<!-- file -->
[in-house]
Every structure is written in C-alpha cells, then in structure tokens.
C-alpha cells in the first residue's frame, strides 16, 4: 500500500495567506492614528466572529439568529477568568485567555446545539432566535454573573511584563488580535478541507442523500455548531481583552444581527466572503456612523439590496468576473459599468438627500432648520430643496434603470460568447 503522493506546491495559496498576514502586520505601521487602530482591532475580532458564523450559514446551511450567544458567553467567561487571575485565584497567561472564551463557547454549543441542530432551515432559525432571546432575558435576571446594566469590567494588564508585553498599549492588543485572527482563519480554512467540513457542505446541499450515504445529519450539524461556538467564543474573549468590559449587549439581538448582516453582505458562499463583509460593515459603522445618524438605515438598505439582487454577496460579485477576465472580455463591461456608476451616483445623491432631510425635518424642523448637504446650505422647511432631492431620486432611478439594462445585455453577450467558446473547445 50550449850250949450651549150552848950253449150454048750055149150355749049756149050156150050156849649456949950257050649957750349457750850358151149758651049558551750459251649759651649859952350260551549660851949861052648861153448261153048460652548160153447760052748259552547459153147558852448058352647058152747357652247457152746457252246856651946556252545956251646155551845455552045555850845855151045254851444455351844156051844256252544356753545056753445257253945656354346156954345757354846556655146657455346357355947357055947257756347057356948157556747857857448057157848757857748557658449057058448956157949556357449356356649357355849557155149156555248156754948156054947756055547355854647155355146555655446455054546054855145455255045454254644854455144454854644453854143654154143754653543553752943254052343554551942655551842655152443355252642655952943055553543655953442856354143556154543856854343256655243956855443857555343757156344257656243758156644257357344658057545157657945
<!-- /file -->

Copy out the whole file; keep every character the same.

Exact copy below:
[in-house]
Every structure is written in C-alpha cells, then in structure tokens.
C-alpha cells in the first residue's frame, strides 16, 4: 500500500495567506492614528466572529439568529477568568485567555446545539432566535454573573511584563488580535478541507442523500455548531481583552444581527466572503456612523439590496468576473459599468438627500432648520430643496434603470460568447 503522493506546491495559496498576514502586520505601521487602530482591532475580532458564523450559514446551511450567544458567553467567561487571575485565584497567561472564551463557547454549543441542530432551515432559525432571546432575558435576571446594566469590567494588564508585553498599549492588543485572527482563519480554512467540513457542505446541499450515504445529519450539524461556538467564543474573549468590559449587549439581538448582516453582505458562499463583509460593515459603522445618524438605515438598505439582487454577496460579485477576465472580455463591461456608476451616483445623491432631510425635518424642523448637504446650505422647511432631492431620486432611478439594462445585455453577450467558446473547445 50550449850250949450651549150552848950253449150454048750055149150355749049756149050156150050156849649456949950257050649957750349457750850358151149758651049558551750459251649759651649859952350260551549660851949861052648861153448261153048460652548160153447760052748259552547459153147558852448058352647058152747357652247457152746457252246856651946556252545956251646155551845455552045555850845855151045254851444455351844156051844256252544356753545056753445257253945656354346156954345757354846556655146657455346357355947357055947257756347057356948157556747857857448057157848757857748557658449057058448956157949556357449356356649357355849557155149156555248156754948156054947756055547355854647155355146555655446455054546054855145455255045454254644854455144454854644453854143654154143754653543553752943254052343554551942655551842655152443355252642655952943055553543655953442856354143556154543856854343256655243956855443857555343757156344257656243758156644257357344658057545157657945